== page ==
Only 77 original S.E.5 aircraft were built before production settled on the improved S.E.5a. The initial models of the S.E.5a differed from late production examples of the S.E.5 only in the type of engine installed – a geared 200 hp Hispano-Suiza 8b, often turning a large clockwise-rotation four-bladed propeller, replacing the 150 hp H.S. 8A model. In total 5,265 S.E.5s were built by six manufacturers: Austin Motors (1,650), Air Navigation and Engineering Company (560), Curtiss (1), Martinsyde (258), the Royal Aircraft Factory (200), Vickers (2,164) and Wolseley Motors Limited (431). A few were converted to two-seat trainers and there were plans for Curtiss to build 1,000 S.E.5s in the United States but only one was completed before the end of the war. At first, airframe construction outstripped the very limited supply of French-built Hispano-Suiza engines and squadrons earmarked to receive the new fighter had to soldier on with Airco DH 5s and Nieuport 24s until early 1918. The troublesome geared "-8b" model was prone to have serious gear reduction system problems, sometimes with the propeller (and even the entire gearbox on a very few occasions) separating from the engine and airframe in flight, a problem shared with the similarly-powered Sopwith Dolphin.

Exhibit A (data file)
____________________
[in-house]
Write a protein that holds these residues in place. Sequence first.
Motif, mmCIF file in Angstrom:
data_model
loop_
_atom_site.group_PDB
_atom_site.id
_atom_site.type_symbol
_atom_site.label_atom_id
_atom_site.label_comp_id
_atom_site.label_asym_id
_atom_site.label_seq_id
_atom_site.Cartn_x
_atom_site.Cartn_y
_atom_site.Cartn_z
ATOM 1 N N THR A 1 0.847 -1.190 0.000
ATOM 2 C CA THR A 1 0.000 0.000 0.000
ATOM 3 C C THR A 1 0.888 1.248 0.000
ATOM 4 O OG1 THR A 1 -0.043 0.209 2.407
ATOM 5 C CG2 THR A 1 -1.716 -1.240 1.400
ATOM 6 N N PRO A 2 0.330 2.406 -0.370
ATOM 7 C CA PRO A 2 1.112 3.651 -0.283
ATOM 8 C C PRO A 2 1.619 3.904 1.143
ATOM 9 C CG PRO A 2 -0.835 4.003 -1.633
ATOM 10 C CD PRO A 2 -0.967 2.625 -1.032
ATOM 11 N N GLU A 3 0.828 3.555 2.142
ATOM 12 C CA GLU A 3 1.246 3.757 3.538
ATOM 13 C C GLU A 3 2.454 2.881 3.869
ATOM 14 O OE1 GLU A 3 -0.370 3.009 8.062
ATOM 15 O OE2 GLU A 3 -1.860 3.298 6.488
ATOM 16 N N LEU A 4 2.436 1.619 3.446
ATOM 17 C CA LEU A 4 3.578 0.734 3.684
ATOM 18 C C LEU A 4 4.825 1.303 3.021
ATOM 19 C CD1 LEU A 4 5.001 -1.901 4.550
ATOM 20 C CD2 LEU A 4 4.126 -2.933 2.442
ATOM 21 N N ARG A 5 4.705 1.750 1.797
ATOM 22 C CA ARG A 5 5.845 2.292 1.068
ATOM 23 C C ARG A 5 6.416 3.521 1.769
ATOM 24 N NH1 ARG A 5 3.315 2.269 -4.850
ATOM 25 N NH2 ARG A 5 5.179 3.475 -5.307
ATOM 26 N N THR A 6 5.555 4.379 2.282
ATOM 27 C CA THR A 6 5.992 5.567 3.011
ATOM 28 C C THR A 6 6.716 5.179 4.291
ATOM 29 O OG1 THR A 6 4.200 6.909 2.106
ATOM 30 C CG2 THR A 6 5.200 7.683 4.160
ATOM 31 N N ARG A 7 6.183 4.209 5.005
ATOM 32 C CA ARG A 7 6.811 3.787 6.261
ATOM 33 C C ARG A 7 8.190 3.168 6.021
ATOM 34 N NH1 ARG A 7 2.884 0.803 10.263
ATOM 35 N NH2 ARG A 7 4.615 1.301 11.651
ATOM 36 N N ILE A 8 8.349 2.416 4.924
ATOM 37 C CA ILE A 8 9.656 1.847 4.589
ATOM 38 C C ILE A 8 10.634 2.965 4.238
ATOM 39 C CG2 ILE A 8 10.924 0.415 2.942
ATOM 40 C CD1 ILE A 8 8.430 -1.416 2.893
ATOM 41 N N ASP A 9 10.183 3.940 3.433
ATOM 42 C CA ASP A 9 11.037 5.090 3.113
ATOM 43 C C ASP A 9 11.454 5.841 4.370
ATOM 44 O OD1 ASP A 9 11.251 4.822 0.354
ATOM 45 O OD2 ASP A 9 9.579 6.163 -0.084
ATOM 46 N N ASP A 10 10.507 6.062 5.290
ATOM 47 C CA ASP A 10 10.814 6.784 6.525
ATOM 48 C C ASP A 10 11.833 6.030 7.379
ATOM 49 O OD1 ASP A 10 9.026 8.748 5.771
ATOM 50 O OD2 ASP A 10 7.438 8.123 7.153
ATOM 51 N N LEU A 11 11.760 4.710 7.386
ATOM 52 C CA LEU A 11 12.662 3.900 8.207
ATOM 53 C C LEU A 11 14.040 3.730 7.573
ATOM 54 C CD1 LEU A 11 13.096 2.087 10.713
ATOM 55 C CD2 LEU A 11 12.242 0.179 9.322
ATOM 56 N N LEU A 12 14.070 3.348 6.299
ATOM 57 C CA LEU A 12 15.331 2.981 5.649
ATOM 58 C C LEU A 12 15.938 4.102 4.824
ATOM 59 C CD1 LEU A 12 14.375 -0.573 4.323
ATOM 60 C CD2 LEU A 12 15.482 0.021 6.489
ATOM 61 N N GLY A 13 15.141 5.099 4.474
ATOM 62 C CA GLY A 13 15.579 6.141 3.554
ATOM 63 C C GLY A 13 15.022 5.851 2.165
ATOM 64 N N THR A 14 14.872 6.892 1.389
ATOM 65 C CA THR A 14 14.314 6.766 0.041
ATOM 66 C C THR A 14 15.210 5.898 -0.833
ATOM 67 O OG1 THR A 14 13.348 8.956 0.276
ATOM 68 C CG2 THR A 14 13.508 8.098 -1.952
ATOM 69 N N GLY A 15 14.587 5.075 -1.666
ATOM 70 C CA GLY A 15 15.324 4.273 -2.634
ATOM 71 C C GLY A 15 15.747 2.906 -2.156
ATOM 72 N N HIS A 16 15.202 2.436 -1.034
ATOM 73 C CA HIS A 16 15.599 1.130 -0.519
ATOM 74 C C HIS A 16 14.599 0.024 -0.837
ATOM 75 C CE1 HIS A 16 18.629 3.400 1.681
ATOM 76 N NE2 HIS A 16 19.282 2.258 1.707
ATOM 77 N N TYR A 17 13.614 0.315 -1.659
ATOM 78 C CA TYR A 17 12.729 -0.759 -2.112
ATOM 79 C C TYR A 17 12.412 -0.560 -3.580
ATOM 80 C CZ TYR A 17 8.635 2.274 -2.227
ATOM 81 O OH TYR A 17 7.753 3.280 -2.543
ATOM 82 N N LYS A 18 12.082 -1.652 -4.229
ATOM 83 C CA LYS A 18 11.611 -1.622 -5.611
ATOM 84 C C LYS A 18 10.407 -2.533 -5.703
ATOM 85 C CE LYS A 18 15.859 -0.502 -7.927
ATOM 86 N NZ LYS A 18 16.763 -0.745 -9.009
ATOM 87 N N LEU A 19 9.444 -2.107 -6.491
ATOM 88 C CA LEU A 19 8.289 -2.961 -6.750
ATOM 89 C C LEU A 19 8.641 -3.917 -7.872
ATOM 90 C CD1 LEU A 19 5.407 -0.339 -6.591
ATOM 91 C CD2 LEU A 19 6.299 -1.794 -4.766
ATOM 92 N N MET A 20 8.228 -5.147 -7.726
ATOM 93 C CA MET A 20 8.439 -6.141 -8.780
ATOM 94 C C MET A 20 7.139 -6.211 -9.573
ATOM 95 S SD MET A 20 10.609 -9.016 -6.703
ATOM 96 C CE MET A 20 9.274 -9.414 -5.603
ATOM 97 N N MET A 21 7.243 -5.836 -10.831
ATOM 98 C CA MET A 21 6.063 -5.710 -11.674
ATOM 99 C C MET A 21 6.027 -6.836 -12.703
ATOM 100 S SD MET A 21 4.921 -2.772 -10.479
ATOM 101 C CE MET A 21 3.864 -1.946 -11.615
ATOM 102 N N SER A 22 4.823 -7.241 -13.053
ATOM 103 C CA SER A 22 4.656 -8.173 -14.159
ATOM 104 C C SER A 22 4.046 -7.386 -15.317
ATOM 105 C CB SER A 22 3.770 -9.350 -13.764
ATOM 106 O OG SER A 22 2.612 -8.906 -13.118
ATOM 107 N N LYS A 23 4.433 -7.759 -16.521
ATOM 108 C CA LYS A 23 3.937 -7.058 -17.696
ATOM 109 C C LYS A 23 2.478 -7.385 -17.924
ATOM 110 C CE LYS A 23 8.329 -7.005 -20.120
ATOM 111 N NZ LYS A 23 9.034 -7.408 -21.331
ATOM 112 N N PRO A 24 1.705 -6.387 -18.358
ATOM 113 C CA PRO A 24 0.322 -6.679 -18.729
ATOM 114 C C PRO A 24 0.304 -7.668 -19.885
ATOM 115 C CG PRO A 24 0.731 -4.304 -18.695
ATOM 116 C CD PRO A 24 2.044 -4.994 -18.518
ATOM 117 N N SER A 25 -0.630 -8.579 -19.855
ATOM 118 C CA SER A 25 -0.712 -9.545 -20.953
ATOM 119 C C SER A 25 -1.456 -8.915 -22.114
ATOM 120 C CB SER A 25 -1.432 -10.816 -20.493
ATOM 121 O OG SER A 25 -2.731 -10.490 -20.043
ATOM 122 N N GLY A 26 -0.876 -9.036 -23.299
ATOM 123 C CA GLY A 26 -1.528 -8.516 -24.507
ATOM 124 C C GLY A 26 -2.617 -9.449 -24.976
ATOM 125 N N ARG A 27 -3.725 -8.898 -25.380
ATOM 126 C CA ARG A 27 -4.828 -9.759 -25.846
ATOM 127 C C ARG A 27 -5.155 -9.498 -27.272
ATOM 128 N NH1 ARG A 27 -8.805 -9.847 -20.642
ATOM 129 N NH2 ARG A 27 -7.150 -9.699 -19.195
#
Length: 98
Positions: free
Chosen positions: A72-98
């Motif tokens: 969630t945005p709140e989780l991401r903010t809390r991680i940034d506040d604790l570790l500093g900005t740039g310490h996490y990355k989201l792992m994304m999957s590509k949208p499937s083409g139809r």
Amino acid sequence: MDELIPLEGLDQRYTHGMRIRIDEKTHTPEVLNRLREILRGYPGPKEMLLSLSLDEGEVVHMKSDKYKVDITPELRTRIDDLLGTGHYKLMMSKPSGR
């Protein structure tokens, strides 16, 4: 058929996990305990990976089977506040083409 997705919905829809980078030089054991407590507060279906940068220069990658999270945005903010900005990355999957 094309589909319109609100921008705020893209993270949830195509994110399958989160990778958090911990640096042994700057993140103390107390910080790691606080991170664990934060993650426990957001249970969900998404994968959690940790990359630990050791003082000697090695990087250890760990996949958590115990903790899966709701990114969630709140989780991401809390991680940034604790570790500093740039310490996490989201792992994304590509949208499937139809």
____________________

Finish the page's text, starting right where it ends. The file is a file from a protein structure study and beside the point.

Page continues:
The introduction of the 200 hp (149 kW) Wolseley Viper, a high-compression, direct-drive version of the Hispano-Suiza 8a made under licence by Wolseley Motors Limited, solved the S.E.5a's engine problems and was adopted as the standard powerplant.

About 38 of the late-production Austin-built S.E.5as were assigned to the American Expeditionary Force, with the 25th Aero Squadron getting its aircraft (mostly armed only with the fuselage-mounted Vickers gun) at the very end of the war.

S.E.5b